after a short sale at closing can i ask to have two day to move

Asked by Dee007, 08232 Fri Dec 18, 2009

after a short sale at closing can i ask to have two day to move

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Mary Petti’s answer
Mary Petti, Agent, Edison, NJ
Wed Dec 23, 2009
Dee,

Just curious, did you get this ironed out? Did you ask for a "Use and Occupancy" agreement and get it? Hope things go well for you, it's already a stressful time in your life.
1 vote
John Sacktig, Agent, New Jersey, NJ
Sat Dec 19, 2009
Hi Dee -

You can ask your attorney for a "use and occupancy" agreement as Mary noted and you will pay basically the amount that the mortgage is going to cost the homeowner per day and maybe some more, that is if the new owners are agreeable to the terms, but then again, the new owners can ask for what ever they want for you to stay two days... plus a security deposit to make sure there is no damage. .

You obviously have reasons for the request, otherwise you would not be asking a question.
Ask your attorney. That is the best way to go about it.
1 vote
Mary Petti, Agent, Edison, NJ
Sat Dec 19, 2009
Dee,

Once you "close" you are no longer the owner of the home and typically must vacate on or before the actual closing date.

The only way around this is to ask your attorney to look into what is called a "Use and Occupancy" agreement. Basically this is similar to a short term lease where you agree to pay the owners (they buyers) a set amount of money for the amount of time you occupy the premises once they have actual legal posession.

Of course the buyers (new owners) must agree to this, and the attorneys draw up the legal document which covers a variety of clauses. Can't hurt to ask, but do it WELL BEFORE the scheduled closing date and be prepared for a no answer and ready to move out on closing day or before..

Best of luck
Mary Petti
1 vote
Alan Grizzle, Agent, Dahlonega, GA
Fri Dec 18, 2009
If the buyer will agree to it you may. I would suggest you have it as part of your contract that you have two days after closing to move out. After closing the new owner may let anyone they like stay in the home, even me.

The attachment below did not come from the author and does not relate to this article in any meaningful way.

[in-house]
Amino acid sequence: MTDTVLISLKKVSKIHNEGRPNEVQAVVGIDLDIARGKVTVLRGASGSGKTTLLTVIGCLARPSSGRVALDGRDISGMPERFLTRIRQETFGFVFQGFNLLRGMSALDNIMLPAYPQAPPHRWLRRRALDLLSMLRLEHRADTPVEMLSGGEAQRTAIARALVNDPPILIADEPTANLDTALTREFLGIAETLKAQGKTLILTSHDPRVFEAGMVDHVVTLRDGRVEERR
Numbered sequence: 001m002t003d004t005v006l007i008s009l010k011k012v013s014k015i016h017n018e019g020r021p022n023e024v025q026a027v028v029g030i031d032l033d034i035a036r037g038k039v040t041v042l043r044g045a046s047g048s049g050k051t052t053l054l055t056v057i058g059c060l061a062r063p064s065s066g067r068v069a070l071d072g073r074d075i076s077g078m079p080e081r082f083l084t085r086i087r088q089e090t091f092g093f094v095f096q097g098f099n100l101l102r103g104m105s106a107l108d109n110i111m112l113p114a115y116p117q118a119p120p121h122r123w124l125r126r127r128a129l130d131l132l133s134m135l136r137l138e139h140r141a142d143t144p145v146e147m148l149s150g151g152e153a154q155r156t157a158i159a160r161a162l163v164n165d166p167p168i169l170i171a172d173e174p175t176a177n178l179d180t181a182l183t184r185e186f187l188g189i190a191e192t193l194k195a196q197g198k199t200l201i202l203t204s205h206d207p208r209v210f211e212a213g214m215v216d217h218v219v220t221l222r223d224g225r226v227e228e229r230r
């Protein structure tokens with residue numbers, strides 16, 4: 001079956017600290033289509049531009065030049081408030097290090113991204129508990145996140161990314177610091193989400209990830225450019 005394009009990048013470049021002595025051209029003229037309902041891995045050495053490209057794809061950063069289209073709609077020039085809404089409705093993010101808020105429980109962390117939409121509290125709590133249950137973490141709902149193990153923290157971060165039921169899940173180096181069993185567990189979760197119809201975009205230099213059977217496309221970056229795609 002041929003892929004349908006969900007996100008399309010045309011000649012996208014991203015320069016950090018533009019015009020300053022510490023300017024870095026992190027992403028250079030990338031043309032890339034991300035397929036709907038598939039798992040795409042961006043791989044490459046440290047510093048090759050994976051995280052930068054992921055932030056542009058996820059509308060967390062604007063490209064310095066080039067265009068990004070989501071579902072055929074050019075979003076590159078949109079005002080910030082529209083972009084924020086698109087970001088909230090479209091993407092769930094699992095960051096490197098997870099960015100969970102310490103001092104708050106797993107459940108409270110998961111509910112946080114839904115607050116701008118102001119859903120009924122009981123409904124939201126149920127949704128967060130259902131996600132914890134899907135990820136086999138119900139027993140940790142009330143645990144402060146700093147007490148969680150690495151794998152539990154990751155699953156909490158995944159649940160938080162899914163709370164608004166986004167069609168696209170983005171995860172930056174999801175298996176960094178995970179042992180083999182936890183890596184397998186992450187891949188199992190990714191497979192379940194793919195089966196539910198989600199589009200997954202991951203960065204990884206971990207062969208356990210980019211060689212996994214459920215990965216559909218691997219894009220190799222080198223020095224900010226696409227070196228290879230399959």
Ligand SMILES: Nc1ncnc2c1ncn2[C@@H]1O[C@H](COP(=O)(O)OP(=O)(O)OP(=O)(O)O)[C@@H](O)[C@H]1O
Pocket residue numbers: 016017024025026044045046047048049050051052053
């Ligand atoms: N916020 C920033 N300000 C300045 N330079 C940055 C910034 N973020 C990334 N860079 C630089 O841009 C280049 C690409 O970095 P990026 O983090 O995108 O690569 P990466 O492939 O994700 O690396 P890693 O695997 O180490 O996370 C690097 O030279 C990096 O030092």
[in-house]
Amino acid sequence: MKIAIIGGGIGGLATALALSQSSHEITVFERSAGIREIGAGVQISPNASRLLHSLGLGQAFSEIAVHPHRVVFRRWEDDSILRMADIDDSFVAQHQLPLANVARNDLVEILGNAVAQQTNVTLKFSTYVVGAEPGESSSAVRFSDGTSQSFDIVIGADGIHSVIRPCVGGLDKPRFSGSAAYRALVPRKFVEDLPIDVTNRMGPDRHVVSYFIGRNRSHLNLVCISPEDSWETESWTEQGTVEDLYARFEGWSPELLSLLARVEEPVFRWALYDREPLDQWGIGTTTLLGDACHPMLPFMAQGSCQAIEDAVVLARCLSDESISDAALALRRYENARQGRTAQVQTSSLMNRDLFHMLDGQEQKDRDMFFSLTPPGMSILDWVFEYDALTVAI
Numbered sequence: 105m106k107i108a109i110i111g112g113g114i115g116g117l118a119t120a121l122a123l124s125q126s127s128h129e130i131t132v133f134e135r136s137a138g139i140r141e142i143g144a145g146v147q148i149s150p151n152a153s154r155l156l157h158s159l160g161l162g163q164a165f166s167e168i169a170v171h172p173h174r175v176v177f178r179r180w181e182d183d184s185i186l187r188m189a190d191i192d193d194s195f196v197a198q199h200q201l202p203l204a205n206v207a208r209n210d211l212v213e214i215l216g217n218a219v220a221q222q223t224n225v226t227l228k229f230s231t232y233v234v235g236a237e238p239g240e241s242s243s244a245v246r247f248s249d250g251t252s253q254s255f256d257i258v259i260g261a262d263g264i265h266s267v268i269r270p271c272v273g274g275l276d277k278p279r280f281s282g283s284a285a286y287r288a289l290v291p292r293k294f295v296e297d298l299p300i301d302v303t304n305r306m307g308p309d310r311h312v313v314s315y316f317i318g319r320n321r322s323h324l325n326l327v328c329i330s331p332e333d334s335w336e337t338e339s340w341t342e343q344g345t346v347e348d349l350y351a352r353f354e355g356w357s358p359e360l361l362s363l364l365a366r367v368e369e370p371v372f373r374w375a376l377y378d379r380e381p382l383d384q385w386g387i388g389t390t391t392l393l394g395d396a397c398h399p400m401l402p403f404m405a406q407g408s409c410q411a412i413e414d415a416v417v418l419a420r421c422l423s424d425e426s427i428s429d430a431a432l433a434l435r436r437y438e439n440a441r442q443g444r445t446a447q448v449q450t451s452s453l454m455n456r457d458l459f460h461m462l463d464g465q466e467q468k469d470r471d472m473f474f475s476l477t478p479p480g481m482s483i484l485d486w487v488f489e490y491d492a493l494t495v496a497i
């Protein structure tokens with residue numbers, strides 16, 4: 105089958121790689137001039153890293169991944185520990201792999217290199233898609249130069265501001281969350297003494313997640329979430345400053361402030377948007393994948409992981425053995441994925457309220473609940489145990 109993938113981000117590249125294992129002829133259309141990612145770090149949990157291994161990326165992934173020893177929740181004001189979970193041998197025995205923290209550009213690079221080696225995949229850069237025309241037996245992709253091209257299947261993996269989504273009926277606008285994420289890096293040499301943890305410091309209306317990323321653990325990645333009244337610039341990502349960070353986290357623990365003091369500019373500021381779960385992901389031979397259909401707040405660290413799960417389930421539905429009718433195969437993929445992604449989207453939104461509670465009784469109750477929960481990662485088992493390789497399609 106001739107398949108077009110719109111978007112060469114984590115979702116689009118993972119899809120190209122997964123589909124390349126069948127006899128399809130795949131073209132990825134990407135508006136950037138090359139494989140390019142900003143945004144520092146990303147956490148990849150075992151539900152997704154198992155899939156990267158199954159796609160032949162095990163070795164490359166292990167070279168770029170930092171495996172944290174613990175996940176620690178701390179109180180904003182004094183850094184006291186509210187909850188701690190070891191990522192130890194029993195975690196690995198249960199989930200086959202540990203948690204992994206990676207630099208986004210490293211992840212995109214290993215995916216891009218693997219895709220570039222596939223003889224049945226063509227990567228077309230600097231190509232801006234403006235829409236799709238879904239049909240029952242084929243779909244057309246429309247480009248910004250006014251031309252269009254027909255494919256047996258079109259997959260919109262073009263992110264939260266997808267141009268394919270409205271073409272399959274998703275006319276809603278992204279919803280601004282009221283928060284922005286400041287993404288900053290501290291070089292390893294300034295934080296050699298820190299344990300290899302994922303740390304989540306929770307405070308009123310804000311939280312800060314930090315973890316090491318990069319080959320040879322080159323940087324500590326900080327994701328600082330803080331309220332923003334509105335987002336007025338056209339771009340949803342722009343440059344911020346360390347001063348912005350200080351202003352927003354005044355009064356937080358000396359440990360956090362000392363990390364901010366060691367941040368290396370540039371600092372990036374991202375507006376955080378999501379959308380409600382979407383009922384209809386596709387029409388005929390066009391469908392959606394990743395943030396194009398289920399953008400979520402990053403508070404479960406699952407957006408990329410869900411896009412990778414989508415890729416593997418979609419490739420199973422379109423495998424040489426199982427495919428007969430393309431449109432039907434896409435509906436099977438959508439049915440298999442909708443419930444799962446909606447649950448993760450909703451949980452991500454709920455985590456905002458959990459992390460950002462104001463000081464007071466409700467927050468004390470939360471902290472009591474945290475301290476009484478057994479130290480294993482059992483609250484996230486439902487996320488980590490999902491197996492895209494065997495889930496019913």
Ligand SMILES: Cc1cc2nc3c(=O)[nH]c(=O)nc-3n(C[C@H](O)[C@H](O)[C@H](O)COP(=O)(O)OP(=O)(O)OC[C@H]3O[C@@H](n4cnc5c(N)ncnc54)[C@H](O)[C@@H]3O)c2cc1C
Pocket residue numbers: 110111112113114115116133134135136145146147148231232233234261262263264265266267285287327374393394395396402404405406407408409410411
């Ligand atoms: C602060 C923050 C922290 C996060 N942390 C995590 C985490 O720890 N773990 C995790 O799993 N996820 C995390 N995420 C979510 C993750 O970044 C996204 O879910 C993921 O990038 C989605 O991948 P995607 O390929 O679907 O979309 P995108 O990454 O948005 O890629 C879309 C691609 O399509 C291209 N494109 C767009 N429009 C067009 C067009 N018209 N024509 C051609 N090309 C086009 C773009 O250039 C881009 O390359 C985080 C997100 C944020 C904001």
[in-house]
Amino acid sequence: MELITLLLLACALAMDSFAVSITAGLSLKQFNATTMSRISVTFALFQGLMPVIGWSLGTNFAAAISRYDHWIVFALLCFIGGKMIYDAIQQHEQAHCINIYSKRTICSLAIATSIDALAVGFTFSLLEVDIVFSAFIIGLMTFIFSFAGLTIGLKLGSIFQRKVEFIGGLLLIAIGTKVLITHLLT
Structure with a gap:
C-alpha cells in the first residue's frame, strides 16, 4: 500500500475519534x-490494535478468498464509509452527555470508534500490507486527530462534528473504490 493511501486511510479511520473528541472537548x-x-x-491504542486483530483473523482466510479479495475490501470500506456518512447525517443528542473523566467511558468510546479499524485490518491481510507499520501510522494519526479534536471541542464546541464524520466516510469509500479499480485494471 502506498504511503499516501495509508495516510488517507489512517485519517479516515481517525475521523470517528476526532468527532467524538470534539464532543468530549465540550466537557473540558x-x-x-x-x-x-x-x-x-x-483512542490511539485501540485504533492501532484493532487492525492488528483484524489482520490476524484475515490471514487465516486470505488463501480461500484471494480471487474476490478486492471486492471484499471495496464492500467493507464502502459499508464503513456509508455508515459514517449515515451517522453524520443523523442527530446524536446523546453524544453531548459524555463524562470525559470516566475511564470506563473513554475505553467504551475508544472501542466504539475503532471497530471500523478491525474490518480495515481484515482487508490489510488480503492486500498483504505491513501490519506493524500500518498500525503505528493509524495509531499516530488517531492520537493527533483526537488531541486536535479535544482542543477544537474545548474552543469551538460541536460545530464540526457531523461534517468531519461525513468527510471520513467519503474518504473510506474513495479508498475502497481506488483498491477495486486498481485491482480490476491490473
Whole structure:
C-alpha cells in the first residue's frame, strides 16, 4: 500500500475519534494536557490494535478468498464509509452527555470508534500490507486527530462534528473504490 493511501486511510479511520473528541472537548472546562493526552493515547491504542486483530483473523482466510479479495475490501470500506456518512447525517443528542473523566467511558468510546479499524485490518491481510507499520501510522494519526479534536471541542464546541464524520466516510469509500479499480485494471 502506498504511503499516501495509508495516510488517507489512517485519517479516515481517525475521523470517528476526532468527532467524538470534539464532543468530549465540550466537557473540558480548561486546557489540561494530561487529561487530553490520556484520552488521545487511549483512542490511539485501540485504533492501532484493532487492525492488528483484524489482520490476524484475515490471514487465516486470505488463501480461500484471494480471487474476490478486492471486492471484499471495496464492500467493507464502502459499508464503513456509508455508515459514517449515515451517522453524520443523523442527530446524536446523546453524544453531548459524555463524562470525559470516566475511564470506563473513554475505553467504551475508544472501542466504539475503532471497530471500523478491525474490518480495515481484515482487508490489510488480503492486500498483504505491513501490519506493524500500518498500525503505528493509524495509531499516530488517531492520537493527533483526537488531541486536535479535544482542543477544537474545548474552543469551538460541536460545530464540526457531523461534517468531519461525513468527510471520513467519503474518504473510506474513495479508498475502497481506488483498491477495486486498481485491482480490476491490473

Web Reference:  http://www.AlanGrizzle.com
1 vote
Diane Glander, Agent, Spring Lake, NJ
Mon Dec 21, 2009
Typically, you will have to be out by the closing table. However, you can ask for a use and occupancy from the new owners. Depending on their plans, they may allow it.
Have your attorney write up something for you. Don't be surprised if it is not agreed to by the buyers. They will have the risk of having to evict you should you not leave, the risk of you getting injured and/or causing damage to the property.
Basically, they are issued few and far between. But, it doesn't hurt to ask.
Web Reference:  http://www.dianeglander.com
0 votes
Gina Chirico, Agent, Fairfield, NJ
Fri Dec 18, 2009
Dee,

Irregardless if a sale is a short sale or not, once the closing takes place you are no longer the owner of the house. You must be out of the house before you go to the closing. I've seen people move out on the same day of the closing but always BEFORE. You are not allowed back into the house after to remove your belongings.

Under certain terms and specific circumstances the seller may stay after closing and may also pay "rent" to the new owner (yes, pay rent because you are no longer the owner of the properyt) but that is something that is typically decided in advance and not the day of the closing. If asked at the day of closing, the answer will be no. Unfortunately you are going to do what it is you need to do to make sure you are out prior to the closing.